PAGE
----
In a piece posted to Medium this Thursday, Rutgers professor of history and journalism, David Greenberg, writes that one of the "great puzzles" of the House impeachment hearings against President Trump is the fact that so many White House officials are defying congressional demands to testify. According to Greenberg, the fact that Congress made the hearings public has made administration claims of immunity from testifying even more "tenuous."
"But the White House continues to invoke 'executive privilege' — a real but ill-defined doctrine that seeks to guarantee that a president can receive unvarnished counsel," Greenberg writes. "If the conversations among top aides were subject to routine public exposure, the argument goes, they would refrain from offering their candid advice."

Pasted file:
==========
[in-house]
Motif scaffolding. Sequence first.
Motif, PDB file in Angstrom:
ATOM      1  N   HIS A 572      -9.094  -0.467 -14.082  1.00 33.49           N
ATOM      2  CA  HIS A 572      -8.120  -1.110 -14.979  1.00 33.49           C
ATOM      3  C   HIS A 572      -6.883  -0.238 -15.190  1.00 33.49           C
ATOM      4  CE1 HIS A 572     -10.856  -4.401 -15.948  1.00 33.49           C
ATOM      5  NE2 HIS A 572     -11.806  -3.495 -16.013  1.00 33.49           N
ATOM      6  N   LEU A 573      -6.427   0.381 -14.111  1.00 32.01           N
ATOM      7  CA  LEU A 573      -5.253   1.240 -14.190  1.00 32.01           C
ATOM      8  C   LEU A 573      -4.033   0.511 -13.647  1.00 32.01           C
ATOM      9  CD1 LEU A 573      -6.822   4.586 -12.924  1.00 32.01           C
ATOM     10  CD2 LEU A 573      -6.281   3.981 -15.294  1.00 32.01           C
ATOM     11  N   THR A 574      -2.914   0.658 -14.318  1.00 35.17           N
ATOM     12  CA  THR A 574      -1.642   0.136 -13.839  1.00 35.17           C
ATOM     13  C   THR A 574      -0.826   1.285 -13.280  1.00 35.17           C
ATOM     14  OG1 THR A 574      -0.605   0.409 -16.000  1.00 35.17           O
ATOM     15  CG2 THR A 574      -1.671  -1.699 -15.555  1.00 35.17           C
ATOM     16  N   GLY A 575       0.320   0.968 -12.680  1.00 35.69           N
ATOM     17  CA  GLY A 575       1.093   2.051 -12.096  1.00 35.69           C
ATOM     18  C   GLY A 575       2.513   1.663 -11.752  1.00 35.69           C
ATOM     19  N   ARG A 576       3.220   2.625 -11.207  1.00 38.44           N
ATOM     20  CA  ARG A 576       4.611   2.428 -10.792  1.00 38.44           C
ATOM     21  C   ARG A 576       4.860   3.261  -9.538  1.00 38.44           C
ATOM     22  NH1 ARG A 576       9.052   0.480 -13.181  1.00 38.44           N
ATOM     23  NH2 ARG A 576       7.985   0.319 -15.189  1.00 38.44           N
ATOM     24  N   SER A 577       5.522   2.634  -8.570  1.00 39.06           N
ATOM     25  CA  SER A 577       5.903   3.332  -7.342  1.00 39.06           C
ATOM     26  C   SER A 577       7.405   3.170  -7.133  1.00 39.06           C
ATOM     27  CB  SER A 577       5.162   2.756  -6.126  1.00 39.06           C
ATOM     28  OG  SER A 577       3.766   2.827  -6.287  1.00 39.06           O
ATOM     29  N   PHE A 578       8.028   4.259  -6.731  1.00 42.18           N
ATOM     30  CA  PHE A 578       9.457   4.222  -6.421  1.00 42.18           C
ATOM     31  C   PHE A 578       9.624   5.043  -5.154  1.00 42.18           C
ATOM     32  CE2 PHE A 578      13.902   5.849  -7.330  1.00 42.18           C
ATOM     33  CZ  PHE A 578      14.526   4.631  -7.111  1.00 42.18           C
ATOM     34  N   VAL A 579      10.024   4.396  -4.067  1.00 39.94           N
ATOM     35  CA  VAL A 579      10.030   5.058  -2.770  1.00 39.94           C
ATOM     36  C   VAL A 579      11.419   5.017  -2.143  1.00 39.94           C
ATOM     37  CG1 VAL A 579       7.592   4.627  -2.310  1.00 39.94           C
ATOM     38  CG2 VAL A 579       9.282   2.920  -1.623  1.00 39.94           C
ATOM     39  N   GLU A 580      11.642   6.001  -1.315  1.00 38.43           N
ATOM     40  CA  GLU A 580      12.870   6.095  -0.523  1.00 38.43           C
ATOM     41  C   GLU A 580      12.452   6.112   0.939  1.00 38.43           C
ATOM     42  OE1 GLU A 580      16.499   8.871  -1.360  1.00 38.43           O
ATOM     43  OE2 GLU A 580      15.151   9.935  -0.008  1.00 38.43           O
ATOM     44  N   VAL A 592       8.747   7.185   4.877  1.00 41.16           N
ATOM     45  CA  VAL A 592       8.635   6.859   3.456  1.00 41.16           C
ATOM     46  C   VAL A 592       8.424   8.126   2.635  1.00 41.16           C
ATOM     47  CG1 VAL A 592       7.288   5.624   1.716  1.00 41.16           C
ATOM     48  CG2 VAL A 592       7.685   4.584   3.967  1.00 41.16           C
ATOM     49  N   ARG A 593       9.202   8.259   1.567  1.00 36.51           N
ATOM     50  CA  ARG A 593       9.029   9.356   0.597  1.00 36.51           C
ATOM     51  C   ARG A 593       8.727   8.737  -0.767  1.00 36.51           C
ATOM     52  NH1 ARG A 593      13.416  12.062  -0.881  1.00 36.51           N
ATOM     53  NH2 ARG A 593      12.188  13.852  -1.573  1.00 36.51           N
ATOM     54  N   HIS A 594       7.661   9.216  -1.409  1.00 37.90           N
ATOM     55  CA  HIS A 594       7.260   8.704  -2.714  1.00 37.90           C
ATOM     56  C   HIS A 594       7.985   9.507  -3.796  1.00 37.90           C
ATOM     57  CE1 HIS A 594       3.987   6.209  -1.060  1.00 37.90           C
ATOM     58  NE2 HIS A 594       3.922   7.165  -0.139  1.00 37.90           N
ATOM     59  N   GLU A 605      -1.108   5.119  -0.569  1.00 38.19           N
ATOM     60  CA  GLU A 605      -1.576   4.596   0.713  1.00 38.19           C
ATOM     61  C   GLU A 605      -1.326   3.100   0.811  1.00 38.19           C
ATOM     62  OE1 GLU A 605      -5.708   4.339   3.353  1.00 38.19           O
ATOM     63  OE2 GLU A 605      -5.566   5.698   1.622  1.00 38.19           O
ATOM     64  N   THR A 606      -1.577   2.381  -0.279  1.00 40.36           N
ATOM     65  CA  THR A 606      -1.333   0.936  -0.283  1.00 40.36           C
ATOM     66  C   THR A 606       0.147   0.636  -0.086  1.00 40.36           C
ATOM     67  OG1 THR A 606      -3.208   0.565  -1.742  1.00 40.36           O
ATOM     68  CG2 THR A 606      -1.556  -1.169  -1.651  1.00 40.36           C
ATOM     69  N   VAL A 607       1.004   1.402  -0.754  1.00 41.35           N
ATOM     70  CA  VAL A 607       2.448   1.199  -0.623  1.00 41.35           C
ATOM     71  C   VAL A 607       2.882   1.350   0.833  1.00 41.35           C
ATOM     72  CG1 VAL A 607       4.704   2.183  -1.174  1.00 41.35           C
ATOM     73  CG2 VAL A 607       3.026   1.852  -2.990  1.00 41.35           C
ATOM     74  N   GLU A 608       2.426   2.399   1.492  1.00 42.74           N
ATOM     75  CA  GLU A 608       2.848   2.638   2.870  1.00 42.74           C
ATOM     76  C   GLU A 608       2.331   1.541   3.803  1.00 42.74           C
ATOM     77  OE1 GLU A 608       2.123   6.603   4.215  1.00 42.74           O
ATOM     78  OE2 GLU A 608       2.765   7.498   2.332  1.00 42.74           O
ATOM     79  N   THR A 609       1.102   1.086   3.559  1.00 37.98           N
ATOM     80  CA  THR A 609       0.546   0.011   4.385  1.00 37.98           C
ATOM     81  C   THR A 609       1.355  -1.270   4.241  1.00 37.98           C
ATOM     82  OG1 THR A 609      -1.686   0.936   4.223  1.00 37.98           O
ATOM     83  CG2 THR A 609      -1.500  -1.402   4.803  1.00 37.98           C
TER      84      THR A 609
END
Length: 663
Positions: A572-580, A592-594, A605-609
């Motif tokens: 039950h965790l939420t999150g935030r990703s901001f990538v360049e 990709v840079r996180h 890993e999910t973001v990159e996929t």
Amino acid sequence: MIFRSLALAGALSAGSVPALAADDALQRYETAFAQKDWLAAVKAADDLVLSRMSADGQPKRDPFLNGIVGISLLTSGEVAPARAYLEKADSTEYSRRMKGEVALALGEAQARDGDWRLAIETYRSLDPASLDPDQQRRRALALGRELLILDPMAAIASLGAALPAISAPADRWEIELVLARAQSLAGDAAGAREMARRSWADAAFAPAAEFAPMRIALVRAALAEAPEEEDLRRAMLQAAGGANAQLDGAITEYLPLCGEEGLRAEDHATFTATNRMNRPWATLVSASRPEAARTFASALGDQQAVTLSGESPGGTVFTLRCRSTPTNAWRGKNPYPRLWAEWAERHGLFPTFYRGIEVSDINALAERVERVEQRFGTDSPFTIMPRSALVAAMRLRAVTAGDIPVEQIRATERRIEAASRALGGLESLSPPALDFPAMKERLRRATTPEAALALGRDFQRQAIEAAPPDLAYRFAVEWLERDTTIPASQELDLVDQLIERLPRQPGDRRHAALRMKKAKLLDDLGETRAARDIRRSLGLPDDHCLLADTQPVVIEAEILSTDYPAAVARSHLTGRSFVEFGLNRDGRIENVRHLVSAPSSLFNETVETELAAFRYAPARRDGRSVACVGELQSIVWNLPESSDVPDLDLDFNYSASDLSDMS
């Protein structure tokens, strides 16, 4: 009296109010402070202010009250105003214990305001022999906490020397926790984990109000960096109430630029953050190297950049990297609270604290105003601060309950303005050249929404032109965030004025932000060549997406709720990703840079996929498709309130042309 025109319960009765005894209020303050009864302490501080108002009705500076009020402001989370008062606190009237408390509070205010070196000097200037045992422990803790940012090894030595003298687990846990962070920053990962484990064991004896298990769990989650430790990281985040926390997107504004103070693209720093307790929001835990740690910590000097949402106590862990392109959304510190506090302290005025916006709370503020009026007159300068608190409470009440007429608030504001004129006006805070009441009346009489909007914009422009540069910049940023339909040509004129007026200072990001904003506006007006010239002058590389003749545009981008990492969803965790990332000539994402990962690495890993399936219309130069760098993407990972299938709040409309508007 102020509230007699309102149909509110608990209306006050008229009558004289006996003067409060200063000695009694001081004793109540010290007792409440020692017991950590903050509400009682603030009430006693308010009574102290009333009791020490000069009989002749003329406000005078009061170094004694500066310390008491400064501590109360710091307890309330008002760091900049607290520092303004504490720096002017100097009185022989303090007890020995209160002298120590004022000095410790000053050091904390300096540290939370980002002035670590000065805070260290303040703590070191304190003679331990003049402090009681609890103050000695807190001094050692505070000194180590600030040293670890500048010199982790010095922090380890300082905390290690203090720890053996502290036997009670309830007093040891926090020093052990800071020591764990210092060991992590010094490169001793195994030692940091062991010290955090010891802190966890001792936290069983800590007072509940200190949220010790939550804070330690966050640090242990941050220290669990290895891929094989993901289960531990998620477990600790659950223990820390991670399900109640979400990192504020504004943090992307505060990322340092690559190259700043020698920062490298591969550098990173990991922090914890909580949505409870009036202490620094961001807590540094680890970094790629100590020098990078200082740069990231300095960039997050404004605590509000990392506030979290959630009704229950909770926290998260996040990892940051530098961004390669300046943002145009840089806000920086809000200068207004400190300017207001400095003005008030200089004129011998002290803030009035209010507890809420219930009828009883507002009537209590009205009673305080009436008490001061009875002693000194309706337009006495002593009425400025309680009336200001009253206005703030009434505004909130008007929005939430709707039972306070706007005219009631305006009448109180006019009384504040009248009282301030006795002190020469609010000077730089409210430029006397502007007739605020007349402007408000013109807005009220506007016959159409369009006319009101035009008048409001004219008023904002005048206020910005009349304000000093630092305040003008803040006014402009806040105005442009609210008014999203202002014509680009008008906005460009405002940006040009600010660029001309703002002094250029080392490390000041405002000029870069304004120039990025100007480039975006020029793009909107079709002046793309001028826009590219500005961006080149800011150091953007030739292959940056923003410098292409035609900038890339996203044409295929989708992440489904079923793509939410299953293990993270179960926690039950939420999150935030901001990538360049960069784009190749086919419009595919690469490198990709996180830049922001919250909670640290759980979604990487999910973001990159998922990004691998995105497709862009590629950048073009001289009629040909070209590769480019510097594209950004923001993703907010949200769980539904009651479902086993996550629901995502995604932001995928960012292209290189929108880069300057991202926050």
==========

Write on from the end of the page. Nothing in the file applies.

Greenberg cites the resignation of former President Nixon in 1974, saying that the reason for his resignation was due to the fact that the Supreme Court "severely limited" his use of executive privilege.
"Precedent, in other words, is not on Trump’s side," says Greenberg. "If the court acts responsibly, it will order [officials who refuse to testify] — as well as other recalcitrant administration officials — to testify."
Thanks to Americans' growing suspicion that past presidents' claims of executive privilege were just a means to hide evidence of their own malfeasance, Nixon bore the consequences of that skepticism, which came to a head during Watergate. Like they did during the Nixon era, it's now time for the judiciary to "push back against the White House," Greenberg argues.
"A court ruling that executive privilege cannot prevent vital testimony in a case of allegedly impeachable behavior would go a long way not only toward helping Congress get to the bottom of the Ukraine scandal, but also in limiting once again the dangerously amorphous and expandable concept of executive privilege."
Read Greenberg's full piece over at Medium.